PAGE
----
US stocks advance as oil falls

Wall Street rallied today as oil prices, supported by a stronger dollar, fall back and alleviate some of investors’ concerns about accelerating inflation.

The dollar’s advance, a break from the greenback’s long losing streak, also helped soothe some of Wall Street’s worries about inflation’s impact on consumer spending.

The Dow rose 130.43, or 1.02%, to 12,876.31.

Broader stock indicators also rose. The Standard & Poor’s 500 index advanced 15.30, or 1.10%, to 1,403.58, and the Nasdaq composite index rose 42.97, or 1.76%, to 2,488.49.

Bond prices dipped. The yield on the benchmark 10-year Treasury note, which moves opposite its price, rose to 3.80% from 3.78% on Friday. The dollar was higher against most other major currencies, while gold prices fell.

The flow of first-quarter earnings reports is beginning to dwindle, so Wall Street will probably require some big news on the US economy – such as a sharp reversal in commodities prices – to dislodge the markets from their current position, said Ted Oberhaus, director of equity trading at Lord, Abbett & Co.

“We’re the majority of the way through the earnings season and it has been relatively productive. With that as a backdrop, I would expect a range-driven appreciation over the next few months,” Oberhaus said.

Hewlett Packard fell 2.49, or 5.1%, to 46.64 after the technology company confirmed it was in talks with Electronic Data Systems about a possible combination. Shares of EDS spiked 5.27, or 28%, at 24.13.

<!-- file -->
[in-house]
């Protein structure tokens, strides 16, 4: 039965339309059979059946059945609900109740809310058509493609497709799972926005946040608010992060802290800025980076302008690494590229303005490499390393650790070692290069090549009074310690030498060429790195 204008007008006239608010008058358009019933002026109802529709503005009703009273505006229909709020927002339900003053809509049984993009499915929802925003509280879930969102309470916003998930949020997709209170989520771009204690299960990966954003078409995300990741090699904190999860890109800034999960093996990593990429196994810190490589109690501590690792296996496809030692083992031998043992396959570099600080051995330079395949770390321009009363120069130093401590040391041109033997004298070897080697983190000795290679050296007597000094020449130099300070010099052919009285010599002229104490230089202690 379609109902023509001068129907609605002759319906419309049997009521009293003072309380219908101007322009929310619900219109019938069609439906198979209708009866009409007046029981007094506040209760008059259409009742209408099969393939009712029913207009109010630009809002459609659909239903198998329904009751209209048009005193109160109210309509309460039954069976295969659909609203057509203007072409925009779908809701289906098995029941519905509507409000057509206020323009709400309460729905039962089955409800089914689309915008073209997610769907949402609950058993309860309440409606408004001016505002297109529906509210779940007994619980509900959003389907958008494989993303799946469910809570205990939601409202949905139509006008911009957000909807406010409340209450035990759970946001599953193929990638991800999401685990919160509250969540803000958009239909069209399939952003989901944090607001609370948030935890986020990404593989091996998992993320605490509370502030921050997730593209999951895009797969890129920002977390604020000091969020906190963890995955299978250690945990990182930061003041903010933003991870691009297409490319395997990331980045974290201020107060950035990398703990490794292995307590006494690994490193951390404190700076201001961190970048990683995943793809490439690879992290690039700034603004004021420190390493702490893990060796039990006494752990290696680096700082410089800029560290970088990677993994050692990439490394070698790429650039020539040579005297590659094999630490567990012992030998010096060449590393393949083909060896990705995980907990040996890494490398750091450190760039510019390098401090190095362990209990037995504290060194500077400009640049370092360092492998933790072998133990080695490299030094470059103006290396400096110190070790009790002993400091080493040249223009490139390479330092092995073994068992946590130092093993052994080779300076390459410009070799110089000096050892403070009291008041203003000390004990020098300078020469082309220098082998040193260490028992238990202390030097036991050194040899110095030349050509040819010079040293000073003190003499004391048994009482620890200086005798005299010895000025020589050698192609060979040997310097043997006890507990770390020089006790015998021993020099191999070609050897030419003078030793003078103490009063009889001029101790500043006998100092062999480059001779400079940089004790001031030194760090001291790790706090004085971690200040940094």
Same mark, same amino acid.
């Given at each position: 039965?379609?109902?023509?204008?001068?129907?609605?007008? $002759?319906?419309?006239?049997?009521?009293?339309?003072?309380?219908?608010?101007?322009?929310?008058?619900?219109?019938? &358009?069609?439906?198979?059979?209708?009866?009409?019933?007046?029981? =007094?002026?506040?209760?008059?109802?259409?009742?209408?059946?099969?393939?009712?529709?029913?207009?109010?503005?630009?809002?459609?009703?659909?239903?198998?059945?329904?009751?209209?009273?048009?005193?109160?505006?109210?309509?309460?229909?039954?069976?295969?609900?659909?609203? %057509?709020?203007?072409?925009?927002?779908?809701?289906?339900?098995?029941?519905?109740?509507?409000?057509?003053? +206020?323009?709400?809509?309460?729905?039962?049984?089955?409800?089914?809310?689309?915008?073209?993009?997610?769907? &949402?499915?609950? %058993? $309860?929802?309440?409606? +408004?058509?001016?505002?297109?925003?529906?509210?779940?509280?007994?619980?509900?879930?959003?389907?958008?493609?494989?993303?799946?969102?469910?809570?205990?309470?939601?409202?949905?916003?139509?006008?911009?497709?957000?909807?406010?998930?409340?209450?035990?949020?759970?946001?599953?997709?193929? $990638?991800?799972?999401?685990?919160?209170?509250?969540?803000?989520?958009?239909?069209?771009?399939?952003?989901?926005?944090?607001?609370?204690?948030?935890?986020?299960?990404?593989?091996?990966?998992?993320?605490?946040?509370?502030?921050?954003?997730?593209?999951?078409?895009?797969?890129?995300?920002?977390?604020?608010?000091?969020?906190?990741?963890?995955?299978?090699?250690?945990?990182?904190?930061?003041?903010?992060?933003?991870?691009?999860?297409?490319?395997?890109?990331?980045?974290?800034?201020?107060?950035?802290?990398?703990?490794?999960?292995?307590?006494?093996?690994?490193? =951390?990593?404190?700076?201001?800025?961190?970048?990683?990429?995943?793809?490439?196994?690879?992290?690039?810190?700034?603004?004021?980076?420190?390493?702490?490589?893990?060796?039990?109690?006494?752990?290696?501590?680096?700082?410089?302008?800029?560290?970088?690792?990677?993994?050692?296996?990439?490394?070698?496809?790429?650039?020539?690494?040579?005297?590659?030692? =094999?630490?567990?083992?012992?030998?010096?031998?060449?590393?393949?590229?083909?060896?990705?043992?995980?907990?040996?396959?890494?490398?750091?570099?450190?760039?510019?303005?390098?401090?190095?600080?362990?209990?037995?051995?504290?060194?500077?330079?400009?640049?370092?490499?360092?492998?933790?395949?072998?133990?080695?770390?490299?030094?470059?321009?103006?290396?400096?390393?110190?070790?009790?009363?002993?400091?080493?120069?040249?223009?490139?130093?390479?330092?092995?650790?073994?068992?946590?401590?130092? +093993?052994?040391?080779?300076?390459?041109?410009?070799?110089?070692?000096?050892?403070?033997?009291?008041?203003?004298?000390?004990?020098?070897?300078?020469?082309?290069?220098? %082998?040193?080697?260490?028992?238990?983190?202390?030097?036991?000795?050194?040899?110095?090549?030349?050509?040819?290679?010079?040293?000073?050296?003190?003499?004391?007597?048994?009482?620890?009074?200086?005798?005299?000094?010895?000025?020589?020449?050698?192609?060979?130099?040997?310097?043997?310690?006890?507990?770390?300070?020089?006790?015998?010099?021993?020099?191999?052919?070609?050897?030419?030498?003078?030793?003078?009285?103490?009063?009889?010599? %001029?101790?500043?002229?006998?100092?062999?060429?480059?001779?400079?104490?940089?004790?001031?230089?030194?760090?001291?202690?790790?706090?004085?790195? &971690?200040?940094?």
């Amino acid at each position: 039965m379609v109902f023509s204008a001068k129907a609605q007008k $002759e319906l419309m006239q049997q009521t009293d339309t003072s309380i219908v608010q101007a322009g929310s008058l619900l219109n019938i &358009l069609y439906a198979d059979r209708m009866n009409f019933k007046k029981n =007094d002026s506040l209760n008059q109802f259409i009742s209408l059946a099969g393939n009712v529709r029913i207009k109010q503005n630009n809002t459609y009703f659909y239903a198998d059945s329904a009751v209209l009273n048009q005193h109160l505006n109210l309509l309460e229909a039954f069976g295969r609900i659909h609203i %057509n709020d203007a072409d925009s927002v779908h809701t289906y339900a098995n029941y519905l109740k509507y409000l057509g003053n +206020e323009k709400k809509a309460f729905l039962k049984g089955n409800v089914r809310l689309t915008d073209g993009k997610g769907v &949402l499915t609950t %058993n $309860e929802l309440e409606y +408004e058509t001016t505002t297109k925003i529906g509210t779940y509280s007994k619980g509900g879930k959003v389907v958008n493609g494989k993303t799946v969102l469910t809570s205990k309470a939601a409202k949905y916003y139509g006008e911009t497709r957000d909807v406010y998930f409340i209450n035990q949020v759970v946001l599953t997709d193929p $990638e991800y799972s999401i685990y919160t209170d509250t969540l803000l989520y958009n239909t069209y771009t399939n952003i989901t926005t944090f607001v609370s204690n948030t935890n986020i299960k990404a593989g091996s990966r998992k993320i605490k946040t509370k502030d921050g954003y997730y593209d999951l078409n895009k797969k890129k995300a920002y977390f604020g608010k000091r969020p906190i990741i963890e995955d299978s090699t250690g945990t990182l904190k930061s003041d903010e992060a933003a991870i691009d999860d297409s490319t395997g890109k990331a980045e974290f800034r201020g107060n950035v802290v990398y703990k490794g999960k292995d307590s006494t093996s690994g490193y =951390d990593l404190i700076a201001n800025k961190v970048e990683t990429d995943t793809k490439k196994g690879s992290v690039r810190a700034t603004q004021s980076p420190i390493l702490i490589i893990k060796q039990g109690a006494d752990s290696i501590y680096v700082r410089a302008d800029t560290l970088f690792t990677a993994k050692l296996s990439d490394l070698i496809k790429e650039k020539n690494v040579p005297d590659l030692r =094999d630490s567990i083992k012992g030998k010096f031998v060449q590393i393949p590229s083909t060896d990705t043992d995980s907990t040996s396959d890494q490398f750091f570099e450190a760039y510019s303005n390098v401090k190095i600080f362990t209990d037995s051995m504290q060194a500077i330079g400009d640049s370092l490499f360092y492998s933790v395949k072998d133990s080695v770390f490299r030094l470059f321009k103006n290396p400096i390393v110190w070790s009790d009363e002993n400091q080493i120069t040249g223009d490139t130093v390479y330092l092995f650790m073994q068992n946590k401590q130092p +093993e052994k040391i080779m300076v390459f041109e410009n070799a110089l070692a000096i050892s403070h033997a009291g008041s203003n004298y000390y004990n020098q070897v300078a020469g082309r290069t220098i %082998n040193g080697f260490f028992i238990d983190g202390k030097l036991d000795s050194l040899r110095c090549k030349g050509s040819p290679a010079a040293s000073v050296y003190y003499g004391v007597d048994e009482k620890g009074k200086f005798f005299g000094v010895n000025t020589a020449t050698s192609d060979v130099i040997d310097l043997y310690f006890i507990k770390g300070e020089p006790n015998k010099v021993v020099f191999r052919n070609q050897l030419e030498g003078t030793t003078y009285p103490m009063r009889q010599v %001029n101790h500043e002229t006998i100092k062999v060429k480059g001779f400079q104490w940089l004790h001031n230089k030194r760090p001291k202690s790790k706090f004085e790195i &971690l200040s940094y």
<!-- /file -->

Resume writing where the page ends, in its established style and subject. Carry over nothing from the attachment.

MBIA posted a 2.41 billion first-quarter loss, as the struggling bond insurer took heavy charges to write down the value of liabilities amid continued deterioration in the credit markets. The stock rose 47 cents, or 5%, to 9.90 following comments from the company on the strength of its balance sheet.

Research In Motion rose 8.93, or 6.7%, to 141.70 as the handheld electronics maker introduced its first major new BlackBerry model in more than a year.

Investors will be looking to other readings on consumers this week to determine the toll rising energy costs might be having. Government figures are due on retail sales in April. And retailers including Wal-Mart Stores, Macy’s, JCPenney Co. and Kohls are due to report first-quarter results.

Advancing issues outnumbered decliners by more than 2 to 1 on the New York Stock Exchange, where volume totalled a light 908.5 million shares.

The Russell 2000 index of smaller companies rose 13.18, or 1.83%, to 733.23.

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